The alphabet is a little like a baseball team. You’ve got your everyday players—your A’s and E’s and S’s. Then you’ve got your benchwarmers—your X’s and Q’s and Z’s. They’ve got character, but you’re not going to go a whole nine innings with them.
If we don’t use all 26 letters the same amount, we at least recognize them equally, right? Not so much. A new study in the Journal of Experimental Psychology: Human Perception and Performance reveals that there’s one letter we think we know well, but we don’t: The lower case “g.” We can recognize it—usually—we can read it, but for the life of us, we can’t draw it. That curious truth holds clues to how the brain learns and why, sometimes, it fails to learn.
The lower-case g actually comes in two typographic forms: The fish hook, a circle with a left facing curl beneath it, and the loop-tail, two closed, connected circles with a sort of rightward-facing tassel on the top one. While the loop-tail is everywhere, however, it’s the rare person who can reproduce it on demand.
To investigate this phenomenon, a group of researchers in the Department of Cognitive Science at Johns Hopkins University first conducted a survey to determine exactly how common the loop-tail is. Selecting 100 books in each of three categories—adult fiction and nonfiction, children’s picture books and children’s chapter books—they looked for which type of g was used in each. The results weren’t even close. Of the children’s picture books, 74% used the loop-tail; that figure rose to 89% in the children’s chapter books and 97% in all adult books.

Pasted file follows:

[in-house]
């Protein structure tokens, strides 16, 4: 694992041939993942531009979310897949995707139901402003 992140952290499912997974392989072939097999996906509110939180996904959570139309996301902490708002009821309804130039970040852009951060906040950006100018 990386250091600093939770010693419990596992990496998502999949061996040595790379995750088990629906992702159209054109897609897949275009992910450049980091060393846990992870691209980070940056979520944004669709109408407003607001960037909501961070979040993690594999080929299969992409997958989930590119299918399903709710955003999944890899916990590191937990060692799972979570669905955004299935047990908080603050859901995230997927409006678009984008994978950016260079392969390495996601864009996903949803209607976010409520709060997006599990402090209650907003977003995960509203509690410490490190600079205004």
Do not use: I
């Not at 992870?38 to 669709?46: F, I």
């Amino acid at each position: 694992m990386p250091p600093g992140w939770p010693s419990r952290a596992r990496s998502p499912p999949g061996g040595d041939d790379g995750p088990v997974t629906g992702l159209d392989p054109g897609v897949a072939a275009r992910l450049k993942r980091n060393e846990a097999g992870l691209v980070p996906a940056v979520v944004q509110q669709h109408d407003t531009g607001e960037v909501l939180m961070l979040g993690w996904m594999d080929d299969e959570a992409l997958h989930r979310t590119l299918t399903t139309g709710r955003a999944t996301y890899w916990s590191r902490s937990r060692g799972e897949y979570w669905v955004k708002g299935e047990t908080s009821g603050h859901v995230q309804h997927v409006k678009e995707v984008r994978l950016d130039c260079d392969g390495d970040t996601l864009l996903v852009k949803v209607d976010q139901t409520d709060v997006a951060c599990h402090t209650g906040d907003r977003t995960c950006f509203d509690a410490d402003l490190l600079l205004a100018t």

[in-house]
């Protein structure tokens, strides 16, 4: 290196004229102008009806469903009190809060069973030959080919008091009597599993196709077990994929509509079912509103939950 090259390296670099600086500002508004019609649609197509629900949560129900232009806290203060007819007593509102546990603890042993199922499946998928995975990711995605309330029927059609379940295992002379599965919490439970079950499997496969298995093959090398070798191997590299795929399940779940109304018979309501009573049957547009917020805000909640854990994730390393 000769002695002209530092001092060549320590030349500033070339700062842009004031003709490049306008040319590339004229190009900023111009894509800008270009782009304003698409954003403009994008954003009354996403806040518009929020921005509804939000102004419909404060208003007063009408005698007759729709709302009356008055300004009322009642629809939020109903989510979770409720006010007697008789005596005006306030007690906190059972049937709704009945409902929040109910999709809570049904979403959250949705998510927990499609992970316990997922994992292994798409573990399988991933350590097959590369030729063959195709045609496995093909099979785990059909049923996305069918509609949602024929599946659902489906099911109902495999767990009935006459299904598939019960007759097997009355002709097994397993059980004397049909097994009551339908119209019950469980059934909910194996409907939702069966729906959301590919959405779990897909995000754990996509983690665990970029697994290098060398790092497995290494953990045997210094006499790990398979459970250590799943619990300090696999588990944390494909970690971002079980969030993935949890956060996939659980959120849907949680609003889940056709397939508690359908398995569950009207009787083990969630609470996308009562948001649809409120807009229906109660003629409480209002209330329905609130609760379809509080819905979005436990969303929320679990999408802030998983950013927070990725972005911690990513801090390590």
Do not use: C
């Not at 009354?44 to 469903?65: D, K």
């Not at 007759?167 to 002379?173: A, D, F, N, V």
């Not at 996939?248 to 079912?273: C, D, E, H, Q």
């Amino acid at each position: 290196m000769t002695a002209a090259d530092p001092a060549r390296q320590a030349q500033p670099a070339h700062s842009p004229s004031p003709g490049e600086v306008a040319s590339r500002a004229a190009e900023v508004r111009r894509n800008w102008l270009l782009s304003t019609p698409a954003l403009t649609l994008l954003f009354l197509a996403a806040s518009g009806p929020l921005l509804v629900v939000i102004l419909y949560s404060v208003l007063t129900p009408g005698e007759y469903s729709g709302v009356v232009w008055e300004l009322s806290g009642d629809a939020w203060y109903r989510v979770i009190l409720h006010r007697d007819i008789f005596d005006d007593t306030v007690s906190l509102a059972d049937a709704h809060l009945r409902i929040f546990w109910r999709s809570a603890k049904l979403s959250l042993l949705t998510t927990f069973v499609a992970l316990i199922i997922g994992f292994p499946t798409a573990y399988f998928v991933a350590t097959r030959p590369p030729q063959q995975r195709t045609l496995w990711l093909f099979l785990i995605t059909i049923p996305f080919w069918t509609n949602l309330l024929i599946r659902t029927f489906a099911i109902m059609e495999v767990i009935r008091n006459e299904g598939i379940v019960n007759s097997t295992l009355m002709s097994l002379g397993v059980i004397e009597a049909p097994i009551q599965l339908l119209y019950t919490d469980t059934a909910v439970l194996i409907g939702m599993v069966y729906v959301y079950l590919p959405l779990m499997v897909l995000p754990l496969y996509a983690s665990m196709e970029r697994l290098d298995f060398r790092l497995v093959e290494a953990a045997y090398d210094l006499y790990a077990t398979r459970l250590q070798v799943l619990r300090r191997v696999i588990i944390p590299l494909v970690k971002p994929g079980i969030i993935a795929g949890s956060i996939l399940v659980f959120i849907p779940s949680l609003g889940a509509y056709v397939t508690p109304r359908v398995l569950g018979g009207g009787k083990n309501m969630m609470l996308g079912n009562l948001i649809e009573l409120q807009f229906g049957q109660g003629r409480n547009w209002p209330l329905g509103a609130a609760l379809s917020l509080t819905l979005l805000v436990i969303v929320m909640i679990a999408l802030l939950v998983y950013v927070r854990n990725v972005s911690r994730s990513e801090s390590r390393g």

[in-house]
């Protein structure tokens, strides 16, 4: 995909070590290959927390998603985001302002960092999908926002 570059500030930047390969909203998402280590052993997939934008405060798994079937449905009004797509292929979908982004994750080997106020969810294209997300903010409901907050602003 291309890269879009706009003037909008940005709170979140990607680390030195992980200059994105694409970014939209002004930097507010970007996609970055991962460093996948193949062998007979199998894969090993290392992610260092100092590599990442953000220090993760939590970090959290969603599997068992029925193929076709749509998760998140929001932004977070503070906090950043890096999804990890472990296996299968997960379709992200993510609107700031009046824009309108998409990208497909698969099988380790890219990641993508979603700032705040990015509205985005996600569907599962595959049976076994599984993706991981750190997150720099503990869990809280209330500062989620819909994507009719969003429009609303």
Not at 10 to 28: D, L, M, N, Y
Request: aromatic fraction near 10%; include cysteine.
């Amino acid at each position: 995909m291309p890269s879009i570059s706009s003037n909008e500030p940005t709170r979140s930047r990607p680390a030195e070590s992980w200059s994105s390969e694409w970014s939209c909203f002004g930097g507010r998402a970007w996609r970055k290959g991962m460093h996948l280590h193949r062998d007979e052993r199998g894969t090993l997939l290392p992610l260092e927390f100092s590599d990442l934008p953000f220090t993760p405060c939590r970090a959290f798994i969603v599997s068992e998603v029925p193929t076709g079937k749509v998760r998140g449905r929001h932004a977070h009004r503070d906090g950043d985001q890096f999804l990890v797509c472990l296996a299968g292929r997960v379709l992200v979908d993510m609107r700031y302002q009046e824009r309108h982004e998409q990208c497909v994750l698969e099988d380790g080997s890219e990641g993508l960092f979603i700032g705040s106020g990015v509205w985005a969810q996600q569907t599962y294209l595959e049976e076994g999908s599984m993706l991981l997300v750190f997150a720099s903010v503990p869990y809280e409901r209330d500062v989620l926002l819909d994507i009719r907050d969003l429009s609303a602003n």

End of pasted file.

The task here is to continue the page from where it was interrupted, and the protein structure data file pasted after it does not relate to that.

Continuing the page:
But in three different experiments, such constant exposure did not seem to have improved people’s recognition of the letter much at all.
In the first, 38 adult subjects were asked to name any letters they could think of that have two different lower-case forms in print. Only two of the 38 named the g, and only one of those was able to draw it correctly. (The letter “A” also has two lower case forms: The so-called one-story a, or a circle with a vertical line on its right side, and the two-story a, or a lower loop with a leftward pointing arch atop it. It’s that one that is commonly used in printed text. Twenty-two of the 38 subjects acknowledged those two forms and all of those 22 correctly reproduced them.)
The second experiment should have been a gimme for the subjects—but it wasn’t. In this one, 16 people were asked to read a paragraph silently, but any time they encountered a word with a g, they were to say it aloud. There were fourteen g-words in the paragraph and all of them used loop-tails. When the subjects were asked afterwards to draw the g they had just seen, however, half drew the fish tail. Only one of the people who attempted to draw the loop-tail did so correctly.
In the final experiment, 25 subjects were shown four different variations on the loop-tail g, one of them correct and three with various features reversed. Only 28% of them picked out the correct one. More than half—56%—chose a version in which the entire lower half was backwards.
The reason for the confusion, the researchers believe, is that unlike other lowercase letters, the loop-tail g is as much a stylistic conceit as an actual letter. We are required to recognize it but, typically, not to reproduce it.
“In the case of the looptail g,” the researchers wrote, “we assume that stored knowledge will not necessarily include a motor plan.”
That explains why we can’t write the g, but why can’t we even tell a properly reproduced one from an incorrect one. That, the researchers suspect, has something to do with the parsimonious way we process data.
“In the absence of experience in writing a letter,” they explain, “readers learn only those visual features that are important for distinguishing letters from another.”
In the case of the two-story a, the comparative simplicity of its design gives us less to mix up. The g, with its fancier style, causes us more trouble. We read, it seems, the way we do so many other things: Just accurately enough to get it right, but please don’t bother us with the details.
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Write to Jeffrey Kluger at firstname.lastname@example.org